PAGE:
A top official with the Centers for Medicare and Medicaid Services said Friday that a state plan to reduce hospital visits could serve as a national model for curbing costs while improving patient outcomes.
Deputy Administrator and Director Jonathan Blum said the approach could disprove the notion that quality health care must be expensive. While other programs already have shown this across the country, he said, Maryland would be the first to test the premise statewide.
"We want Maryland to be the basis for other states ... to test the boundaries of what it means to lower total cost of care and boost total quality of care," Blum said.
Blum made his remarks at Mercy Medical Center in Baltimore, where he was joined by Gov. Martin O'Malley, Lt. Gov. Anthony G. Brown and members of Maryland's congressional delegation to celebrate approval of the plan by CMS.
The plan is an update to a special waiver the state has had with the federal government for 36 years that allows it to set hospital rates through a special commission. In other states, hospitals typically set their own rates, while Medicare dictates rates for its patients.
Because of this, the rate of hospital cost increases is lower in Maryland than in other states. In exchange, the federal government grants Maryland larger Medicare payments to offset the costs of uncompensated care for people who can't or don't pay. All insurers pay generally the same rate for a procedure at a particular hospital, although rates vary from hospital to hospital.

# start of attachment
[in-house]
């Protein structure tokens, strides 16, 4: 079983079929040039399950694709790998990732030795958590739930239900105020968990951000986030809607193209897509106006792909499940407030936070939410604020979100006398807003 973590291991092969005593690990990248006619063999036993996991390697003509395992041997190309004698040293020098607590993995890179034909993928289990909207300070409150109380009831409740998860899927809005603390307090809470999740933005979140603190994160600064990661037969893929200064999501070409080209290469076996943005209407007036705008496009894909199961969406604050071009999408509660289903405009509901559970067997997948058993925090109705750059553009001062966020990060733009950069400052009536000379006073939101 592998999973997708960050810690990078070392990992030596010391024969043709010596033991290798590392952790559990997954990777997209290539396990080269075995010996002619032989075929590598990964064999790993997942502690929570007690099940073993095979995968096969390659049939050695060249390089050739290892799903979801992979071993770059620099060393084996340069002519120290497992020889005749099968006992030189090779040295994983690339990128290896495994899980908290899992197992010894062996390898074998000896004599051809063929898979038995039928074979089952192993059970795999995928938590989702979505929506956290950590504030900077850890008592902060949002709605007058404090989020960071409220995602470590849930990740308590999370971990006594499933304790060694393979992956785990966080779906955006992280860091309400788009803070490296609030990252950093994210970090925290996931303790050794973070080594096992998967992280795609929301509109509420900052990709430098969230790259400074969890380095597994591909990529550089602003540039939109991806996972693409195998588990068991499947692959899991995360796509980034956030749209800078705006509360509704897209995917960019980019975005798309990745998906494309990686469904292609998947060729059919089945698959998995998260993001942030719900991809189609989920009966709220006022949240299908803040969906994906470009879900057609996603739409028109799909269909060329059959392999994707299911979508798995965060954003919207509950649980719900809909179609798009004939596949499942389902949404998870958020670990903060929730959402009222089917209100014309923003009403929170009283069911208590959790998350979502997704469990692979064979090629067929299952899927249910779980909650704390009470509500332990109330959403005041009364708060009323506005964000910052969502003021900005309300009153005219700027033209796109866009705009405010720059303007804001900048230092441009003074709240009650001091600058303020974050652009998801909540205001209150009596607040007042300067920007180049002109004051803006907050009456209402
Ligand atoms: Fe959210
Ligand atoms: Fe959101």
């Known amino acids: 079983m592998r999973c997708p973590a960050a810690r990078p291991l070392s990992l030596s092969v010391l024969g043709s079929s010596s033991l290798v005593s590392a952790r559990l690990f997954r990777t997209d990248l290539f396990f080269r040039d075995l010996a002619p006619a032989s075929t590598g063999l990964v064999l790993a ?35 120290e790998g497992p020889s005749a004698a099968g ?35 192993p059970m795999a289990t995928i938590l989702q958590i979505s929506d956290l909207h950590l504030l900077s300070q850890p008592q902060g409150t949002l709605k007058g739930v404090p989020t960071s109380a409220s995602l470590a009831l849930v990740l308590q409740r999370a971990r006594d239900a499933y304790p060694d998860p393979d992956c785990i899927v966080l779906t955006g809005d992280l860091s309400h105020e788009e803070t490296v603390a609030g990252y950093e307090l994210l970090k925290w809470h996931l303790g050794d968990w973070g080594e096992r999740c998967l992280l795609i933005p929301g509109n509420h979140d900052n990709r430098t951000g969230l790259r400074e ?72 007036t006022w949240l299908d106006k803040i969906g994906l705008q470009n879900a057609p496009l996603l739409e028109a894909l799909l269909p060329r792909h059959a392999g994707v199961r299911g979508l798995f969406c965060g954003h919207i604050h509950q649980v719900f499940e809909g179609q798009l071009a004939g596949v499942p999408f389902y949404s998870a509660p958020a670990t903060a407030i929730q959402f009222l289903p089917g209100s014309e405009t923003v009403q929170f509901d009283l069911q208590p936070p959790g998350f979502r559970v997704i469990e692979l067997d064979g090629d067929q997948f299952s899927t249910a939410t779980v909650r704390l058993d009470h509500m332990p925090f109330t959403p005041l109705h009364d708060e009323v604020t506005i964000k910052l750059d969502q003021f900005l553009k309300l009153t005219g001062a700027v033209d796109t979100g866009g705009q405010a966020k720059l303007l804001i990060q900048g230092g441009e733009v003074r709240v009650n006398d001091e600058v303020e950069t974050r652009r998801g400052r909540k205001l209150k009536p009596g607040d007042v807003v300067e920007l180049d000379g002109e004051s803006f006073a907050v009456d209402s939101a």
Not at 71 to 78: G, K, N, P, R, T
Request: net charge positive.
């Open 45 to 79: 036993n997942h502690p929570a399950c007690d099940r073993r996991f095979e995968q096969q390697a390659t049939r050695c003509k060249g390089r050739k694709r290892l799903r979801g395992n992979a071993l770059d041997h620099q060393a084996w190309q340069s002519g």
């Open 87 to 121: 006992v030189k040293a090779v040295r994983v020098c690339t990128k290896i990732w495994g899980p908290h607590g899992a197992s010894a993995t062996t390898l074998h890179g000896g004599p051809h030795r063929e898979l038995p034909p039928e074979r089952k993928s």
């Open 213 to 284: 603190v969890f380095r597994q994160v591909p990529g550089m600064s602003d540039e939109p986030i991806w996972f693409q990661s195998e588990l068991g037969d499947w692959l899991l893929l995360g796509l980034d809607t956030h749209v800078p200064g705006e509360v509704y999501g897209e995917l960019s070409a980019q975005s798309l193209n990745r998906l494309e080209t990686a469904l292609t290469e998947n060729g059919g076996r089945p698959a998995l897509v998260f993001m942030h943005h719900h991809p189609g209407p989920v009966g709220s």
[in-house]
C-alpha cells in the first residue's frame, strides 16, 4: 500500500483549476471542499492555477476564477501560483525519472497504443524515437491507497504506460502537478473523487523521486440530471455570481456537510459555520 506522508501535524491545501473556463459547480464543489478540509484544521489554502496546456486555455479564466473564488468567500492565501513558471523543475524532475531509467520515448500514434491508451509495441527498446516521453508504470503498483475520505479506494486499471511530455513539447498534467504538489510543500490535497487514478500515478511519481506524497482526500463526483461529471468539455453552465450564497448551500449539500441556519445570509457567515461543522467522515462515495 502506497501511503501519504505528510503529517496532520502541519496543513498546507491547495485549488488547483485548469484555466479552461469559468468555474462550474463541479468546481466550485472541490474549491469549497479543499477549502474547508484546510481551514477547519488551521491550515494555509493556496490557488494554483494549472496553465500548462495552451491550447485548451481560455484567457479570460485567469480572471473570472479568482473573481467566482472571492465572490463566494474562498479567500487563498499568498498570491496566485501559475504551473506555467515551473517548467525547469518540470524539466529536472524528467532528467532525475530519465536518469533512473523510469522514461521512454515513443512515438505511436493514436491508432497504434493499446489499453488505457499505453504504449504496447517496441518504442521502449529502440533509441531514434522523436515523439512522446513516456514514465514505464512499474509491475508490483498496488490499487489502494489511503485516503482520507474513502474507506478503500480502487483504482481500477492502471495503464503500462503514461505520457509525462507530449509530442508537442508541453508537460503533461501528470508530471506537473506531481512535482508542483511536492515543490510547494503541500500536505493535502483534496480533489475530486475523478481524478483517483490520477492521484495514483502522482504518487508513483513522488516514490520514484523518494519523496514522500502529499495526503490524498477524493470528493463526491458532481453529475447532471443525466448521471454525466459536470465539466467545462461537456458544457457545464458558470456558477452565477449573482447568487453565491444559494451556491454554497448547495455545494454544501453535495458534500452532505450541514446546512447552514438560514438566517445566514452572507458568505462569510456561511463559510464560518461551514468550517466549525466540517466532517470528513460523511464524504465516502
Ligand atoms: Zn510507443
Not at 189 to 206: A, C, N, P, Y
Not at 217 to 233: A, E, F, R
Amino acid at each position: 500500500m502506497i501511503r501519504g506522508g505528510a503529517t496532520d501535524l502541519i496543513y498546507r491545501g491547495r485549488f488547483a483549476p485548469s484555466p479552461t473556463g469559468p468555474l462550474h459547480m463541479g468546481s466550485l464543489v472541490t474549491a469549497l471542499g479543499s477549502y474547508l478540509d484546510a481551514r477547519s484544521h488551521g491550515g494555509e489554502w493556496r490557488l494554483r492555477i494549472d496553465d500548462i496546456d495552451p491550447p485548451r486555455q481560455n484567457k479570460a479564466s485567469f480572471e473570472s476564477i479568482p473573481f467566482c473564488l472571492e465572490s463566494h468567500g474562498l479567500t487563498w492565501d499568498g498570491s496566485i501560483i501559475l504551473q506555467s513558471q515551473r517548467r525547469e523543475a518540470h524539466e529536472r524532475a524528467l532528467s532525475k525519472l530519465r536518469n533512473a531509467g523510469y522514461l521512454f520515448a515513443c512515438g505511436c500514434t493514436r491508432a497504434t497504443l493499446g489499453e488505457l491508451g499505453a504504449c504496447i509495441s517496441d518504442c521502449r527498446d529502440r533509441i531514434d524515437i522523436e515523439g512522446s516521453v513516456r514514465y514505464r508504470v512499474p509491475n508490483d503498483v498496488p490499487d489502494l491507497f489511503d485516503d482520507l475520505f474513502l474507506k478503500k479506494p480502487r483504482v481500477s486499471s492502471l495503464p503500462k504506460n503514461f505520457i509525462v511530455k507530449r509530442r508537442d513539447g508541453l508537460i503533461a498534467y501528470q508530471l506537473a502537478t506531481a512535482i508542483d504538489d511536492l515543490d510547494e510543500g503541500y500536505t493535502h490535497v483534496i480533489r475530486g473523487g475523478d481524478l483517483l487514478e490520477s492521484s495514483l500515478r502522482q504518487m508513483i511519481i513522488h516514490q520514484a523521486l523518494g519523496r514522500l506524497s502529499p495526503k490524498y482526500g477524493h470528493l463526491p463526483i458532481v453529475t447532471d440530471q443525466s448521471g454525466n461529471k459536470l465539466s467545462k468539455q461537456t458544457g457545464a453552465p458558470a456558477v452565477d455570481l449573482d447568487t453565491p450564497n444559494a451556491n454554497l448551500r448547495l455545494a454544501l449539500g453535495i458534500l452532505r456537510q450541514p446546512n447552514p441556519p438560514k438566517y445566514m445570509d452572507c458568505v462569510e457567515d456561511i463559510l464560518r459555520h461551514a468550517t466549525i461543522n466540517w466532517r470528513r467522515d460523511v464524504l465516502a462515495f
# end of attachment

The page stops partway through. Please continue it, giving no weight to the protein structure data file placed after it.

The state had sought to modernize the waiver to focus more on preventive care and keeping people out of hospitals. It increasingly found it difficult to meet the waiver test that requires it to show Medicare costs grow more slowly in Maryland than elsewhere.
The new plan ties hospital spending to the state economy and eliminates a system in which hospitals are paid based on the number of patients they admit. The state's hospital costs must not grow faster than 3.58 percent in the first five years. That's the state's average annual growth in the past decade.
Instead, hospitals will receive a pool of money to treat a specific population.
"We have to get beyond the per admission," Sen. Ben Cardin said. "We have to manage a patient's care. The system rewards quantity instead of quality. We want the system to reward quality and manage a patient's care."
Insurers and hospitals support the plan, but it will mean drastic change for hospitals. CMS agreed to give the state five years to generate $330 million in Medicare savings or lose the waiver and convert to the system that other states use.
At least one critic thinks it will be hard for hospitals to cut costs in such a short time frame and that it could compromise patient care.
"I think it will compromise health quality and health care access, basing all of this on money," said Del. Patrick McDonough, a Republican.
Gene M. Ransom III, CEO of MedChi, which represents the state's physicians, said his group supports the new waiver, but how it is implemented is critical. Some of his members worry that if they want to order a certain procedure or test, they might get push back from hospitals.
"As we have this rush to control costs, what happens to access to care and what happens to quality of care?" Ransom said.
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